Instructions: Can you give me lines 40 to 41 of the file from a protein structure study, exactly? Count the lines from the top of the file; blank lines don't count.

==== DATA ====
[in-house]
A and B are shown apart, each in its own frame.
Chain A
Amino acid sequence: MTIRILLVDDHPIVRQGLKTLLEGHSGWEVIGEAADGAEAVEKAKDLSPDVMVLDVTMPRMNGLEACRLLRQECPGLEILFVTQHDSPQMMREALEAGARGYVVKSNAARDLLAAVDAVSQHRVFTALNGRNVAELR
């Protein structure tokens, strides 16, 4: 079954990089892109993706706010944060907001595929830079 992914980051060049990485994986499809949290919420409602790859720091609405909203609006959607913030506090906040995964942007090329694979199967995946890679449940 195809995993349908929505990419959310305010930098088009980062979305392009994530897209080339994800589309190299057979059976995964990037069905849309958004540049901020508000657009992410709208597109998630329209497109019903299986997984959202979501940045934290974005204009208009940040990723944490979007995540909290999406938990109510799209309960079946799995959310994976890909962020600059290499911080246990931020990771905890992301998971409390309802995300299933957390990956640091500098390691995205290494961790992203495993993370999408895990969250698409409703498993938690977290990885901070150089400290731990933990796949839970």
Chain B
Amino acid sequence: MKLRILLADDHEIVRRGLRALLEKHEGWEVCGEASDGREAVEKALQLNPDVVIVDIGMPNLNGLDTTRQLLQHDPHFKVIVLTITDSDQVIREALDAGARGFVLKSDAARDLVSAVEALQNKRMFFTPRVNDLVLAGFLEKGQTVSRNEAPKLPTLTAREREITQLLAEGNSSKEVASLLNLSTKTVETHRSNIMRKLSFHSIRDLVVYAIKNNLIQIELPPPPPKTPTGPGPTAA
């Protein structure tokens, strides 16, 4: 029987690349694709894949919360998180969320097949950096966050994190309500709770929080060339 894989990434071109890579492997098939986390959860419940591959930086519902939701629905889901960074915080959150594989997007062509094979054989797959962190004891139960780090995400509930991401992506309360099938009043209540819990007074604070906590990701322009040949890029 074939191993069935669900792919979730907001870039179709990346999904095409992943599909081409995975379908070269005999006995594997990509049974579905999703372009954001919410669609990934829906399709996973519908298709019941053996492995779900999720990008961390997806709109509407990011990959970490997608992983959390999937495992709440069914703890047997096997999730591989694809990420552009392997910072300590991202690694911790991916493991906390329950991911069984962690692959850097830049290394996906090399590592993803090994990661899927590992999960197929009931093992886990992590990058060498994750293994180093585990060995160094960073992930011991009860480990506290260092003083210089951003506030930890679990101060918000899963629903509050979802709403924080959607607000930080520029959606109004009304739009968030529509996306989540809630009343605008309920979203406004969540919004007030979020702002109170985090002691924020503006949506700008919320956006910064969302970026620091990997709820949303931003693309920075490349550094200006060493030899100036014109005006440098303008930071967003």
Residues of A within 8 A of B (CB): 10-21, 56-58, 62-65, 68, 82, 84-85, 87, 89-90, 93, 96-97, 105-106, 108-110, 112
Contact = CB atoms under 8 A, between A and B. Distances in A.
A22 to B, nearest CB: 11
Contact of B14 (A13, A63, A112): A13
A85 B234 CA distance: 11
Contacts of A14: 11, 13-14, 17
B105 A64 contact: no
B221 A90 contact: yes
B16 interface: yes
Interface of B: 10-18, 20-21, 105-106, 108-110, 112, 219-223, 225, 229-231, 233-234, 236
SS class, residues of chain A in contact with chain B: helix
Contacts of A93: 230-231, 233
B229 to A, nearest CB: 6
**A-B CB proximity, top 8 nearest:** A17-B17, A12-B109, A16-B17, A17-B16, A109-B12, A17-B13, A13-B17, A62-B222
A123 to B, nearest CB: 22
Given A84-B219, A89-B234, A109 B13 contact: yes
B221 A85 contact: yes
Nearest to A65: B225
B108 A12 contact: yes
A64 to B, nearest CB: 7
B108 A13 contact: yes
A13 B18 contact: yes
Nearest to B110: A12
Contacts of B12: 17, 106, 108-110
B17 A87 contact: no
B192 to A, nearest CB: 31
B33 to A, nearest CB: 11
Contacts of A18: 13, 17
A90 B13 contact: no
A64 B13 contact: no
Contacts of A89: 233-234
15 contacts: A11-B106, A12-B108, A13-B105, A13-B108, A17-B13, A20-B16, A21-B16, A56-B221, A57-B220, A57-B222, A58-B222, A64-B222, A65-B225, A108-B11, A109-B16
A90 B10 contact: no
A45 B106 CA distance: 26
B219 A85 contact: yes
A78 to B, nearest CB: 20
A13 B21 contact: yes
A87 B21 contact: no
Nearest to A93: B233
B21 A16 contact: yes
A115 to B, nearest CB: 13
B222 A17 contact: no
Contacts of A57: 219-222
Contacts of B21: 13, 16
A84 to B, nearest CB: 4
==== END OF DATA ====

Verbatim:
15 contacts: A11-B106, A12-B108, A13-B105, A13-B108, A17-B13, A20-B16, A21-B16, A56-B221, A57-B220, A57-B222, A58-B222, A64-B222, A65-B225, A108-B11, A109-B16
A90 B10 contact: no